AMDIS 2014: CMIOs paid more, but less satisfied with their roles

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OJAI, CALIF.--CMIOs are making more money than a year ago, and though satisfied with their roles, are slightly less so than in the past, according to the results of the 10th Annual AMDIS-Gartner survey examining the evolving role of the CMIO.

These were just a few of the results presented at last week’s Association of Medical Directors of Information Systems Physician-Computer Connection Symposium in Ojai, Calif., by Vi Shaffer, research vice president, healthcare, for Gartner.

There were 120 respondents to this year’s survey who reported an annual average compensation of $326,000—up from the average of $318,000 reported in 2013. Salaries ranged anywhere from $206,000 to $550,000, with most CMIOs clustered in the $250,000-$400,000 range.

While salaries have increased, CMIO satisfaction with their roles has declined slightly. “You are still satisfied, but 43 percent of you are somewhat satisfied,” said Shaffer. “In the early years of the study more than 50 percent of you were very satisfied. This is a change and a challenge.”

CMIOs also are feeling slightly less successful, she said, with 50 percent of respondents reporting they feel somewhat successful. Shaffer suggested that this could be tied to the fact that the CMIO is transitioning to a role in which he or she is managing the impact technology has on “value,” which means being for accountable for business results.

And while CMIOs are spending less time in clinical practice, 71 percent of respondents still practice medicine. Many CMIOs come from specialties like internal medicine and pediatrics—specialties she said that require the kind of team building, collaboration and communication skills needed for the position.

Shaffer also reported that there is an impressive level of interest in the new clinical informatics specialty among CMIOs, with 25 percent having already received certification and another 25 percent pursuing it. “For a first-year subspecialty, that is a pretty amazing track record,” she observed.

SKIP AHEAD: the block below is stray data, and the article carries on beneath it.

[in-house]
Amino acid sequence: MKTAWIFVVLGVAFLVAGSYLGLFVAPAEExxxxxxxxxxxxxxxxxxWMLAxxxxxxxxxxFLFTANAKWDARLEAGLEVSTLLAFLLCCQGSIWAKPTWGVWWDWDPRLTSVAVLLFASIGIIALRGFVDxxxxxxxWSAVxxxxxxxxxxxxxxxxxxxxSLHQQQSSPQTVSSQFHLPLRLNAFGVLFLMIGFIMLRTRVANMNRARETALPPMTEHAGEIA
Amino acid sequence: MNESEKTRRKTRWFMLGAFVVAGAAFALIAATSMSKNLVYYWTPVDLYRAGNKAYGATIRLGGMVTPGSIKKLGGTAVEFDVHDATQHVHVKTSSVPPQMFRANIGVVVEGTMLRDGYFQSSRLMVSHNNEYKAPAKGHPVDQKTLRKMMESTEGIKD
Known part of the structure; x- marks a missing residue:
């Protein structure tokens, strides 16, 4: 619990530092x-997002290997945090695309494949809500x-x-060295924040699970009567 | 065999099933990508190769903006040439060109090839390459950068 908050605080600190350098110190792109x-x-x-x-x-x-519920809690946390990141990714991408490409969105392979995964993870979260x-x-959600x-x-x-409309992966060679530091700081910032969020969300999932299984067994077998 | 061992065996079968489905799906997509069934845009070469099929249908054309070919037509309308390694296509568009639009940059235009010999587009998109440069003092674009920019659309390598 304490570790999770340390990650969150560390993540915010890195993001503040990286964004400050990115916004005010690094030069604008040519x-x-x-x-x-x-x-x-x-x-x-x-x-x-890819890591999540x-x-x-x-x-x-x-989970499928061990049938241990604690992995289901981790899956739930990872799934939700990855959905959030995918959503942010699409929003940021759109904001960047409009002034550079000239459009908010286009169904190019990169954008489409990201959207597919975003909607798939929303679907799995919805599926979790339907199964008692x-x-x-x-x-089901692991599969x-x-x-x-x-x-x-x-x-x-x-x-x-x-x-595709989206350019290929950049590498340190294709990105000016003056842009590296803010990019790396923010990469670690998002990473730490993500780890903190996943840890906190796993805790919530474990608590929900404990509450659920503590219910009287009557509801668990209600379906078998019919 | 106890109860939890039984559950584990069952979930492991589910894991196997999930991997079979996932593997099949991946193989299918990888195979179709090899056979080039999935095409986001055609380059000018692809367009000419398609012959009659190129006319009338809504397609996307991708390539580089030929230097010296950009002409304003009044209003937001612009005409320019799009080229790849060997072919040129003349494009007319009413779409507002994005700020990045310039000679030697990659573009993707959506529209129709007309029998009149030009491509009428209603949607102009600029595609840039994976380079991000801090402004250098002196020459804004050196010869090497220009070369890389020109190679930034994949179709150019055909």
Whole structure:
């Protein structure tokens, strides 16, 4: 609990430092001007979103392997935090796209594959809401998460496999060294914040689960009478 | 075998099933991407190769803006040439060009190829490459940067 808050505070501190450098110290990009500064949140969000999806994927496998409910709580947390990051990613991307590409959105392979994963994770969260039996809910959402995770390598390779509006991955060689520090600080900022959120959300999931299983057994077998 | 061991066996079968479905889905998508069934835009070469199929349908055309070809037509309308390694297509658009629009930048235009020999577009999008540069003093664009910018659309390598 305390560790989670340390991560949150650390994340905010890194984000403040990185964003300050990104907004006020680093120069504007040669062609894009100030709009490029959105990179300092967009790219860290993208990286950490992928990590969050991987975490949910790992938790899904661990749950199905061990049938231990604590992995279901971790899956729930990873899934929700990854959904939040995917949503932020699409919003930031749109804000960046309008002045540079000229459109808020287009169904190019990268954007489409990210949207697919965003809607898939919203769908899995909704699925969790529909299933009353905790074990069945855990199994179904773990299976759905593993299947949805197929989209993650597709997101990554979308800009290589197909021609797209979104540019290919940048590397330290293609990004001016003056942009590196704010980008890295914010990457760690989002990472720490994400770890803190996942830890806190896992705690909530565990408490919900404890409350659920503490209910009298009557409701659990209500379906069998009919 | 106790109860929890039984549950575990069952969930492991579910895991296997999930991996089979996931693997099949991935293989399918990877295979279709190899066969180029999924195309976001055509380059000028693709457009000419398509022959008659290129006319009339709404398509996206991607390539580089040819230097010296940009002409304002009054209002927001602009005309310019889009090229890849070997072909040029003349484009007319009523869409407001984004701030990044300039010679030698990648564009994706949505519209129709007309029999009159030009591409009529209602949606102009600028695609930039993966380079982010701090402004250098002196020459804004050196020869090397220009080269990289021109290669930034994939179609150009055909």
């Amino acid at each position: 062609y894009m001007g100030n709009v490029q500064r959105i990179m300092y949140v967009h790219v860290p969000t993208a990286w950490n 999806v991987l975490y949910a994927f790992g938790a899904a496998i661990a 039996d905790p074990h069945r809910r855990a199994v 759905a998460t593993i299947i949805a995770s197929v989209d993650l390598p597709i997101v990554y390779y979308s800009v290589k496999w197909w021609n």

There also is much more movement in the field, she pointed out. Many fewer respondents are in their first CMIO position, compared to five years ago, which is both good and bad news, she said. “[CMIOs] are moving up to bigger organizations and larger roles, but there’s also a lot more unexpected turnover of CMIOs.”

And reporting relationships have changed, said Shaffer, with more CMIOs reporting to chief medical officers this year than last. As to whom CMIOs believe they should be reporting to, “you feel very strongly . . . that you shouldn’t be reporting to CIOs,” Shaffer said.

According to the survey, 34 percent of respondents believe the CMIO/CMO is the optimal reporting structure, while 34 percent recommend a dual reporting structure involving both CIOs and CMOs. Just 4 percent believe that CMIOs should report to CIOs.  On the other hand, CMIOs rate their relationships with CIOs as the second most important factor in their success, ranking only behind the level of commitment CMIOs get from executives regarding the value of IT.

This year’s survey also examined CMIOs perceptions of physician attitudes in a healthcare environment that is undergoing profound changes. Words the CMIOs used to describe physicians included “frustrated,” “overwhelmed,” “anxious,” “stressed,” “overworked,” “tired,” “resigned.”

With that in mind, Shaffer reported that CMIOs are trying to work on issues of usability and workflow to try to increase efficiency and save time, slow down the pace of change, and focus more on engaging the physician community.

While the role of the CMIO is becoming one that is increasingly challenging and more stressful, the survey shows “you want to be CMIOs,” Shaffer said.

Two-thirds of the respondents said they wanted to remain CMIOs rather than advance to some other executive position. Just four percent they wanted to become CIOs or CMOs, while some (14 percent) said they wanted to be a CMIO in a different organization or have their responsibilities expanded (33 percent). “It’s a pretty happy group,” she concluded.